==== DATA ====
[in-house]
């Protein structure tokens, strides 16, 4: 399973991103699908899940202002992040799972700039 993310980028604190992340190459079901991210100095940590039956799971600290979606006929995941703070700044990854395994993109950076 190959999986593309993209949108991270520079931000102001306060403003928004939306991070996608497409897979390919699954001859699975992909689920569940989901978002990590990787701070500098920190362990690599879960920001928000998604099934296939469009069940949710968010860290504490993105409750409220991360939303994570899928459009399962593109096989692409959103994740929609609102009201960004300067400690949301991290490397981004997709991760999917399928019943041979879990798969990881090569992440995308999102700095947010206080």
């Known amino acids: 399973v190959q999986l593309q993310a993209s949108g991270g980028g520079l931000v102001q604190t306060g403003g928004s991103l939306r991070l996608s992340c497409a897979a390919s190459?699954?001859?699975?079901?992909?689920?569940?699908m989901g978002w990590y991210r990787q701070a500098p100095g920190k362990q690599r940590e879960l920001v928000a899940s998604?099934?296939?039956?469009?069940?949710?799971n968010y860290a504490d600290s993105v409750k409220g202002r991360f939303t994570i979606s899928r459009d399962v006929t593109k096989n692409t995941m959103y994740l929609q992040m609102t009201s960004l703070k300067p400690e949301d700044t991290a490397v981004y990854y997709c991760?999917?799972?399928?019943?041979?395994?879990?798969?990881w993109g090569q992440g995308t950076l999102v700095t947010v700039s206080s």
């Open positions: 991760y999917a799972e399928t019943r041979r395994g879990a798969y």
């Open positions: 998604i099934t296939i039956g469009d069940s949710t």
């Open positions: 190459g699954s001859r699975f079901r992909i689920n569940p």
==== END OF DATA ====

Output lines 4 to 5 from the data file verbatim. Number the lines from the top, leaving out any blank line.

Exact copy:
């Open positions: 991760y999917a799972e399928t019943r041979r395994g879990a798969y």
């Open positions: 998604i099934t296939i039956g469009d069940s949710t």